Posted: August 04, 2011
Social media at work
A necessity -- or a slippery slope?Troy Rackham, John Balitis and Carrie Pixler-Ryerson
If you run a business and provide Internet enabled computers to your employees, it is crucial that they understand how or if they can engage in social media while on the job.
Given how fast our world is moving, some would say that to prohibit employees from tapping social media at work could hinder the business-particularly if employees are engaged in social media for work purposes. Others would argue that it is a slippery slope and that if employees can use social media for work, they will naturally engage in it for themselves.
The delineation between work lives and private lives becomes fuzzier as the culture of social media and online content develop. This is particularly true for legal or medical professions, where the professionals use social media as a marketing function. The question of whether a post is a professional post, as opposed to a personal post, can be an intractable or impossible one to answer.
Given the ambiguities that may exist with an employee's use of social media at work, employers should clearly address, by policy, an employee's use of social media in marketing, publicity and networking. The employer also should address employees' use of social media for non-work activities that can impact the employee's work. Having a clearly defined policy is important if employment-related discussions are based on an employee's use of social media.
To write a social media policy that is appropriate for your workplace, it is important to consider several questions. First, does the employer expect employees to use their personal social accounts for marketing the business? If so, the employer needs to be cognizant of the fact that the employee's personal account might contain non-work related information that is not representative of the employer.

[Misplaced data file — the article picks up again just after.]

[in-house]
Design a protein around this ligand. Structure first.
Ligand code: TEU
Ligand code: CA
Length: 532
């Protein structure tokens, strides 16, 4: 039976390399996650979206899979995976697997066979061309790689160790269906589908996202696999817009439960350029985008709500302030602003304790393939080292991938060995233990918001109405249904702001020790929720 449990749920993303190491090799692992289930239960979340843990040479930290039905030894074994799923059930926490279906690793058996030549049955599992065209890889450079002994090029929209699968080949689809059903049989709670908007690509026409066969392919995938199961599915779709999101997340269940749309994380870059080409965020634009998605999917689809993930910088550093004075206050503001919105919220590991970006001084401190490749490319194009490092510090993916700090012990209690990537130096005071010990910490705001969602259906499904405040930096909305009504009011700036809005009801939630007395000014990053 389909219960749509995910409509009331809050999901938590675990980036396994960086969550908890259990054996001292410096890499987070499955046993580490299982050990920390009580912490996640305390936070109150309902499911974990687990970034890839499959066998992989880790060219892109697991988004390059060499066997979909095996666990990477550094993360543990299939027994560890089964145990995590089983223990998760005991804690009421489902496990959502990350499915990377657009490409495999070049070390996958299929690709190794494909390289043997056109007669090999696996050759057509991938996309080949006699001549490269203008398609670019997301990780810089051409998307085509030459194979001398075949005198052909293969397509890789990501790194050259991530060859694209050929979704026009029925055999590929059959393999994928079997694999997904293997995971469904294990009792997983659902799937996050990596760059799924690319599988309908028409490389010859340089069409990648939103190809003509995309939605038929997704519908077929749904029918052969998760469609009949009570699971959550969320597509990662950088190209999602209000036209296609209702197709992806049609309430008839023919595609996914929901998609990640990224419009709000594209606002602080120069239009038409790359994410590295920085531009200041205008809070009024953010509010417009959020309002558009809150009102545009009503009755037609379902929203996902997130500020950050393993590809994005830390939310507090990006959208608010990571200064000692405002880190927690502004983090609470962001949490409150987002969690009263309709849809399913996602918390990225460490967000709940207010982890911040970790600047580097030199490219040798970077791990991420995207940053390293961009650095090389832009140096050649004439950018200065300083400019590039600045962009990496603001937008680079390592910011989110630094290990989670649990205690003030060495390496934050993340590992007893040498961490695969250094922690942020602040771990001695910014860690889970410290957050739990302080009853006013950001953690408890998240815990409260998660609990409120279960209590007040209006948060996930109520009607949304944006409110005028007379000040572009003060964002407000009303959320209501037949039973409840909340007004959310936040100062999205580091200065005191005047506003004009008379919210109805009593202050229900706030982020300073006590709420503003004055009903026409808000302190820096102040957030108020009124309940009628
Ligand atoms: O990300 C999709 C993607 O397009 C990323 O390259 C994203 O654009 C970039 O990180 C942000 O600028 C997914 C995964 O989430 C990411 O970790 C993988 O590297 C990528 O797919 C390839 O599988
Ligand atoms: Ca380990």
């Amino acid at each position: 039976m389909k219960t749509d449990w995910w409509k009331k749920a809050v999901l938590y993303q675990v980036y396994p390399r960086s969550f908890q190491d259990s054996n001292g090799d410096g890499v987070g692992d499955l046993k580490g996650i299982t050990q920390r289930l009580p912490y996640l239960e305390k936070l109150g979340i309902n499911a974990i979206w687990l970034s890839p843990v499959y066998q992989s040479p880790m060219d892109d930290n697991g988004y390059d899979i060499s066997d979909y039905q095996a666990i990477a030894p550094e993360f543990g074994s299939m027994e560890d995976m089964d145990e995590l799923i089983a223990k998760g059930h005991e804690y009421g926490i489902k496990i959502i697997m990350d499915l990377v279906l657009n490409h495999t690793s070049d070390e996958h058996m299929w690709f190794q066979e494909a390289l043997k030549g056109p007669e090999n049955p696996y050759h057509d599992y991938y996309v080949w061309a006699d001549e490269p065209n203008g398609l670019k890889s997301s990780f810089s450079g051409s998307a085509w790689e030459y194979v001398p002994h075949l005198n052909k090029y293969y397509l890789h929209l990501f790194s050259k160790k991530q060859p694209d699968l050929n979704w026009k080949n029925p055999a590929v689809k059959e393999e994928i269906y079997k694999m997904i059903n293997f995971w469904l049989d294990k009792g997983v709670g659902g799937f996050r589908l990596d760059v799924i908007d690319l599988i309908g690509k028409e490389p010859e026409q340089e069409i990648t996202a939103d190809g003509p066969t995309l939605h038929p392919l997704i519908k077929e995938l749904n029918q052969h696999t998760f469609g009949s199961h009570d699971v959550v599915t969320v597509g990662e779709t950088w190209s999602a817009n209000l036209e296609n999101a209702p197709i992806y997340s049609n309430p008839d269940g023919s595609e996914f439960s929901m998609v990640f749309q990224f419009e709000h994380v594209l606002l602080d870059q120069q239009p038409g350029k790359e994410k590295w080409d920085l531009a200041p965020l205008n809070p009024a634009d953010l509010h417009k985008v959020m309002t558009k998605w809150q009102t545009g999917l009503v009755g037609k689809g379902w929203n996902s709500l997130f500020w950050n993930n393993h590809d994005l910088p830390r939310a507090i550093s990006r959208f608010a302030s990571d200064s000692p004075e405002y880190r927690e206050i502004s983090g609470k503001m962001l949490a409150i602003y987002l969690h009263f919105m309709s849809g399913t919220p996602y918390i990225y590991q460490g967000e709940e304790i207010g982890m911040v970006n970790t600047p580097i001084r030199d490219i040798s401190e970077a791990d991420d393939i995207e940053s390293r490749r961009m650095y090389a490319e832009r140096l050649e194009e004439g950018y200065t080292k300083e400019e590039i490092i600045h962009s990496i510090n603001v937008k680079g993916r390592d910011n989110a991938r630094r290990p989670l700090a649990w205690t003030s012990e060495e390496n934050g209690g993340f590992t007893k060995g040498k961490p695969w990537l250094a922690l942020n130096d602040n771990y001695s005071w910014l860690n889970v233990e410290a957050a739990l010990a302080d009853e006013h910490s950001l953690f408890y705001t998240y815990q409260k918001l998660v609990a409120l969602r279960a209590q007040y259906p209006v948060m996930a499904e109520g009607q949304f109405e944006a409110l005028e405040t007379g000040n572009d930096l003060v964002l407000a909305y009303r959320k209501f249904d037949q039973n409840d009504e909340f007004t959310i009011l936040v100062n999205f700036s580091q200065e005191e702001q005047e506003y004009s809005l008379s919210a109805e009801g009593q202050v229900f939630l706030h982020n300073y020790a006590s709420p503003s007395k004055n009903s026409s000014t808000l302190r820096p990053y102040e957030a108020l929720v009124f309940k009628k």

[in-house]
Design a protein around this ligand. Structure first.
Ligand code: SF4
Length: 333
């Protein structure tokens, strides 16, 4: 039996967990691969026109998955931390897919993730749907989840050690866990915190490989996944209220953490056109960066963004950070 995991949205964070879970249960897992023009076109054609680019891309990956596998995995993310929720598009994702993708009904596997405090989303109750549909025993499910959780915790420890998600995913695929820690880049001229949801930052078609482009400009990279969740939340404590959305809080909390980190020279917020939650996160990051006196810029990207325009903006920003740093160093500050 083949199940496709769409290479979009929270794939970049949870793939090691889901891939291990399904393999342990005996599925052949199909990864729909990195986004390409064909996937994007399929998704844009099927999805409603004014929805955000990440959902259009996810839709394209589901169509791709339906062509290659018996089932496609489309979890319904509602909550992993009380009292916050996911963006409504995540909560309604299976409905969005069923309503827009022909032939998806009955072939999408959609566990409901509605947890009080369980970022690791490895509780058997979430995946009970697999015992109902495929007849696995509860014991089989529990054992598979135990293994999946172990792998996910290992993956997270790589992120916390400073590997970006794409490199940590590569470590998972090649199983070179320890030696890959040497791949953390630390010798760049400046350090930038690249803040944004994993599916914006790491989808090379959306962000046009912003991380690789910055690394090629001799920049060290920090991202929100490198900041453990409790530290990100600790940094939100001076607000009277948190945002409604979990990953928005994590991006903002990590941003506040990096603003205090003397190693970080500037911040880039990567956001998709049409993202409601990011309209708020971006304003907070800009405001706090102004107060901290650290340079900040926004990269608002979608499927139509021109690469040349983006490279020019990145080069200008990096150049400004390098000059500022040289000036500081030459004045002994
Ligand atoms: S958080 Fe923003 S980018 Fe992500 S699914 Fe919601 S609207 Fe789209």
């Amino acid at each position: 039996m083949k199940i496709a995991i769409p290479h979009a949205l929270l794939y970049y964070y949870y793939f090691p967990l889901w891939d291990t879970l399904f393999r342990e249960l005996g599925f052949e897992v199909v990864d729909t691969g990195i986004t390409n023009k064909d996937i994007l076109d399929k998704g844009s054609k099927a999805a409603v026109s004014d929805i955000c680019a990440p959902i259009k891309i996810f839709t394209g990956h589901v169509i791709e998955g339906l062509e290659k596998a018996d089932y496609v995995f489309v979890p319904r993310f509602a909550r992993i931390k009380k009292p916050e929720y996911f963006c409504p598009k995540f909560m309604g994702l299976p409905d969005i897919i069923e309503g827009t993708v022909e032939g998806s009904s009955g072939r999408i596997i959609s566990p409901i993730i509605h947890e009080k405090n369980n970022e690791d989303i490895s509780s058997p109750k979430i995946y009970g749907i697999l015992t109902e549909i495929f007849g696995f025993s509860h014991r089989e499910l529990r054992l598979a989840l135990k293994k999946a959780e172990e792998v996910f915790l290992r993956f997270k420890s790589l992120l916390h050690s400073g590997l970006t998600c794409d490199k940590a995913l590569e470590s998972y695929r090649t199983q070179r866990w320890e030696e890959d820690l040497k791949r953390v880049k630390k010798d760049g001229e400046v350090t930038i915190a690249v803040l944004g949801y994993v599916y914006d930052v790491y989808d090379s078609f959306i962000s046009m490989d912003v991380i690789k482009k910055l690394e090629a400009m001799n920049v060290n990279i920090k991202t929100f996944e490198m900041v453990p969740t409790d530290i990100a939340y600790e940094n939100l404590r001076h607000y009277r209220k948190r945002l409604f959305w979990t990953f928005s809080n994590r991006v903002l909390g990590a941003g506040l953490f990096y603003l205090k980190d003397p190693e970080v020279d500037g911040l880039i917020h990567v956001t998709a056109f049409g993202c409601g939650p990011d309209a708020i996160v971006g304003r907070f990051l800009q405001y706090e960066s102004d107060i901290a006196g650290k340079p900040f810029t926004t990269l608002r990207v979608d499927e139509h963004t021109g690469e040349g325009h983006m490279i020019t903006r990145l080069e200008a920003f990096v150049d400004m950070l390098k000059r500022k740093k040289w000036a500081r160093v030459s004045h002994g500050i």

Second, is the employer going to create work-related social media accounts that employees would be required to use? If the employee uses employer-provided social media, such as blogs, then the social media policy needs to specifically address prohibited types of content (e.g., sending or posting offensive, obscene, or defamatory material or disclosing confidential or proprietary information.).
If the employer decides to allow employees to engage in personal social media on the job, the employer also should consider whether to include a general prohibition against using social media in a way that is inconsistent with the employer's interest or otherwise violates existing policies. Additionally, when the employee's affiliation with the business is apparent, the employer might suggest that the employee include a disclaimer that the views expressed on the social media outlet are personal in nature and in no way represent the views of the employer.
Further, if the employer is an employer of professionals with an independent code of ethics, such as lawyers, the employer should include restrictions within its policy to ensure that the employer takes reasonable measures to ensure compliance with the ethical requirements. It is not enough merely to allow a professional employee to use social media at work without reasonable safeguards in place to ensure compliance with ethical or professional restrictions.
Troy Rackham holds the highest rating awarded by Martindale-Hubbell® Law Directory as an AV® PreeminentTM Lawyer. Selected as a "Rising Star" by Colorado Super Lawyers in 2009, 2010 and 2011. His practice includes employment and civil rights law, legal and medical malpractice and other forms of complex litigation. Reach Mr. Rackham at firstname.lastname@example.org .
John Balitis practices in the labor and employment area with Fennemore Craig representing employers in arbitration, litigation and administrative proceedings. He can be reached at email@example.com mail to: firstname.lastname@example.org .